San Diego's program took more than five years to move from idea to implementation because it had to clear a series of cost "gates" before proceeding, said Ted Reguly, director of SDG&E's Smart Meter Program Office.
"To run a big project like this, you need to break it down into littler projects with small goals . . . to be sure you're going in the right direction before you move forward," Reguly said.
State regulators and consumer advocates also monitored major project decisions through a "technical advisory panel," a key concession brokered after Shames' UCAN demanded more oversight. As of this month, the company is still within its regulator-approved budget, according to filings with the California PUC.
SmartGridCity was "the first out of the gate" in testing that kind of technology, Xcel's Henley said. Much of the software and equipment Xcel chose was evaluated for the first time in Boulder, he said.
Instead of soliciting competitive bids — as SDG&E, Oncor and many other utilities did - Xcel chose some of its technology vendors based on how much they "brought to the table," Henley said. Software and equipment vendors donated hardware and expertise in exchange for a real-world lab to test their technologies.
Xcel declined to release the value of these partners' contributions, citing confidentiality agreements. A confidential Xcel estimate valued four vendors' contributions at $21.6 million.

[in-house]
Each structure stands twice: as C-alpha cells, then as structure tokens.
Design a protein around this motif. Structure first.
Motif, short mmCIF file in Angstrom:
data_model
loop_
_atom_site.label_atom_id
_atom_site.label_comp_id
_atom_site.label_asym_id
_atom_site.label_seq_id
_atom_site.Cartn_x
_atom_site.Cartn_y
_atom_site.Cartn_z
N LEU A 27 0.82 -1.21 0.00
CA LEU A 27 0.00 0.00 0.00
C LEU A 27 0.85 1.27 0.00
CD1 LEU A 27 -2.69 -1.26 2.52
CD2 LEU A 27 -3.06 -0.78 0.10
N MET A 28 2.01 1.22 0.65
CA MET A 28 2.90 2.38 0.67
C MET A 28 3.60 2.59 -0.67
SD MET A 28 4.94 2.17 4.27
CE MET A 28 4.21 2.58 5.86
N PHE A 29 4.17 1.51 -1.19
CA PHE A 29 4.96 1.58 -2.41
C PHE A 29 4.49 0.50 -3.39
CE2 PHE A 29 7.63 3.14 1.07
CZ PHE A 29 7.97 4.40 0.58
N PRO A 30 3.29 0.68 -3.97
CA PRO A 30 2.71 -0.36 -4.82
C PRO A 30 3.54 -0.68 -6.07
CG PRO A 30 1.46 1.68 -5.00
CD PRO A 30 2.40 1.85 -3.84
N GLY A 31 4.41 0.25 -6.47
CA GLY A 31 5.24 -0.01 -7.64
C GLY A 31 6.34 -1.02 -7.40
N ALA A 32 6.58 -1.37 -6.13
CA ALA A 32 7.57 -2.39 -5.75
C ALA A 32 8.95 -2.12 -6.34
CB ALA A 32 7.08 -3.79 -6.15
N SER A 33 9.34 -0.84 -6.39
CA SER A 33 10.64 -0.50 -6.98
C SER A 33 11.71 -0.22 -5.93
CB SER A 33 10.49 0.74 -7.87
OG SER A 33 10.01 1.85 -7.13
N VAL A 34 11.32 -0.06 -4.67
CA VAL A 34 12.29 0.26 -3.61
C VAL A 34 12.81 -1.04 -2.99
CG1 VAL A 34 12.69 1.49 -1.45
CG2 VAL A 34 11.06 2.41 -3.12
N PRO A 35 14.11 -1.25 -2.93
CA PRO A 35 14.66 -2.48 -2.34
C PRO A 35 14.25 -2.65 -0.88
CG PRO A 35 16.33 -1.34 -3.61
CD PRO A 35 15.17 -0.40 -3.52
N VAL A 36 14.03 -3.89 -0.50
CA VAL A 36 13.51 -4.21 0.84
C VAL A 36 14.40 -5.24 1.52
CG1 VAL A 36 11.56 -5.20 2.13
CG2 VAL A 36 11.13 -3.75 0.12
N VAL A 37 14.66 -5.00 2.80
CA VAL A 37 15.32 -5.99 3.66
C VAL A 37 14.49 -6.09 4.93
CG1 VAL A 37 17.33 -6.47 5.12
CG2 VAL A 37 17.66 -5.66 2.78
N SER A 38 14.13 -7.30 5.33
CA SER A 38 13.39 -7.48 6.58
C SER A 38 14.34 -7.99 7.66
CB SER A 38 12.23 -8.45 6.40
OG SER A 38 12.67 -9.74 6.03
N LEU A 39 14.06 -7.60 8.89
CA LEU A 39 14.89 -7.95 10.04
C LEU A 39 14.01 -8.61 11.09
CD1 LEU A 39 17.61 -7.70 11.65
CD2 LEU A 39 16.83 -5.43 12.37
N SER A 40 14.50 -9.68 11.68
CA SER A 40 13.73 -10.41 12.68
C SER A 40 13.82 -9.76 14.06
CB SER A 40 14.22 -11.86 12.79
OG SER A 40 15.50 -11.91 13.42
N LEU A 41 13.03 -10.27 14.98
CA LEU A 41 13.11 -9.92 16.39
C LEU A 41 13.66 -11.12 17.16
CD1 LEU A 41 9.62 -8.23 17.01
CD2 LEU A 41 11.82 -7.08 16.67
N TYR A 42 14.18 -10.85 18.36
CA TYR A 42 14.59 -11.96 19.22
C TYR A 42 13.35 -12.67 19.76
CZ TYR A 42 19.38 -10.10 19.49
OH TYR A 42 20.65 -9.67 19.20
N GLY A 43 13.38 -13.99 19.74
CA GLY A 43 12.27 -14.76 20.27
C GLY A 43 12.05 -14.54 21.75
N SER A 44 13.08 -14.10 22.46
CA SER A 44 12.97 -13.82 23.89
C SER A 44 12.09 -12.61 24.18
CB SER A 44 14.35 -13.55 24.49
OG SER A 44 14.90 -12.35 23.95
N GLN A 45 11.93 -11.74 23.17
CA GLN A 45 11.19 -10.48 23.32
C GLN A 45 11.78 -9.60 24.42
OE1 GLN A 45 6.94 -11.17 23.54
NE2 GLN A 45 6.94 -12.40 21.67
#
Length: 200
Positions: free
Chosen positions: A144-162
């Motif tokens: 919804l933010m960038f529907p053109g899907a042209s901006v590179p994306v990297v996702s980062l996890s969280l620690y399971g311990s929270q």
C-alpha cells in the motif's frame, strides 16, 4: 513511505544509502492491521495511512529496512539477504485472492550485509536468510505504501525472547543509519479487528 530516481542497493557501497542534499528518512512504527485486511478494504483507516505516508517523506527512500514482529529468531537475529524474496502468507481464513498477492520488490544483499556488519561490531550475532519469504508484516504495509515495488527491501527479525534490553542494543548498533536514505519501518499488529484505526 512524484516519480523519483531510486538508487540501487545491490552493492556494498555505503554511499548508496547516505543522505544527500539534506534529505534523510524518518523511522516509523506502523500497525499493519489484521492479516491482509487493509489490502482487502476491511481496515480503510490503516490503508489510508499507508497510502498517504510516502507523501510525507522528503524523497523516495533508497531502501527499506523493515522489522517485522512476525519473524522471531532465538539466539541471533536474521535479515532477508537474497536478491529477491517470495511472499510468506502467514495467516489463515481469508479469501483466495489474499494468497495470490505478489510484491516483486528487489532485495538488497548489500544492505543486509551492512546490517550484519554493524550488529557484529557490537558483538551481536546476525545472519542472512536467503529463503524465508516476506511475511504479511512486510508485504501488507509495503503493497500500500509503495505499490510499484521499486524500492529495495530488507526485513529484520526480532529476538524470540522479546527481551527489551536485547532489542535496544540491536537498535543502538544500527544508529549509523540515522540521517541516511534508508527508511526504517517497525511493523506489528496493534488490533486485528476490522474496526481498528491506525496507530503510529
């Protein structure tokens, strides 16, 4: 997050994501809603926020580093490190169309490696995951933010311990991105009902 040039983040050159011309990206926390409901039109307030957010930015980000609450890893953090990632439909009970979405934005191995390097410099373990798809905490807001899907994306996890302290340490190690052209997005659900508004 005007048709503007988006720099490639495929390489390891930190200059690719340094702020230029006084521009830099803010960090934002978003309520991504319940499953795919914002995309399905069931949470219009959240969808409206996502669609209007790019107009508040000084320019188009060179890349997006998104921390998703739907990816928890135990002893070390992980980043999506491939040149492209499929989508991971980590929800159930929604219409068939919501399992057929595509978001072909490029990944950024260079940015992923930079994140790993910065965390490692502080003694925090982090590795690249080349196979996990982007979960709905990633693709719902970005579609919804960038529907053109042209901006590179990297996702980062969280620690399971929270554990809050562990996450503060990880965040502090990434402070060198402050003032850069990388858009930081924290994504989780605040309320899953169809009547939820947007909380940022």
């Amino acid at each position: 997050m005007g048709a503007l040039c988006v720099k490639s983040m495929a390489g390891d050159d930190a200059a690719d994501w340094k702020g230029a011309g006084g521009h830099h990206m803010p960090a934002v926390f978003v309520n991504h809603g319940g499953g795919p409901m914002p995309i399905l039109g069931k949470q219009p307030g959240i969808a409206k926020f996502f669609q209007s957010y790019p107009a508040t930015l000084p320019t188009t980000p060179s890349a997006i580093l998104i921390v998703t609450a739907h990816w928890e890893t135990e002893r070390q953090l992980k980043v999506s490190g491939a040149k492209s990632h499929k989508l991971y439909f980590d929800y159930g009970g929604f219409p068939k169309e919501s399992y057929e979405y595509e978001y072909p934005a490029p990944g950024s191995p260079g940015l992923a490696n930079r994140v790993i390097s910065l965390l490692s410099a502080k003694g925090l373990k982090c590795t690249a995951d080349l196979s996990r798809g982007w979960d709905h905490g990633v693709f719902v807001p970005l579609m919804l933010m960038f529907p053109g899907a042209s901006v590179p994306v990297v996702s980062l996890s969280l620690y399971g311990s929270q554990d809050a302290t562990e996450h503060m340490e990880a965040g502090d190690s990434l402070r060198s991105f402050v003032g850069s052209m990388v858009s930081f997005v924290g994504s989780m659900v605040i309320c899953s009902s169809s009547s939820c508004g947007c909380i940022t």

The company still estimates the overall project is worth $100 million, even after its own share of the budget ballooned in two years to $44.8 million — a cost ratepayers will foot.
Own fiber-optic network
Information-technology costs associated with SmartGridCity have reached $19.2 million, according to a PUC filing. For instance, Xcel chose more expensive broadband-over-powerline technology and dug its own fiber-optic network to link its new devices because existing telecommunications companies were unwilling to share their networks at the time, according to Xcel.
The PUC did not treat Boulder's smart-grid project as a separate rate case until this year, after it was clear Xcel's expected costs were three times as high as initially suggested.
"Essentially, this was a decision by Xcel to launch a SmartGridCity pilot project," PUC spokesman Terry Bote said. "We were not asked to give prior approval, . . . but where decision points needed to be made, that's where we became involved."
Xcel points out that its pilot program had successes — power-line sensors prevented 63 unplanned outages in 2009 — long before most utilities had that capability. Henley said the utility will assign dollar figures to more than 60 "value propositions" that SmartGridCity will have demonstrated by the end of this year.
"Now, it's going to be easier for other people to do cost-benefit analyses because of the data they (Xcel) gathered," said Katherine Hamilton, president of GridWise Alliance, a smart-grid advocate. "So I think it was a great learning lab."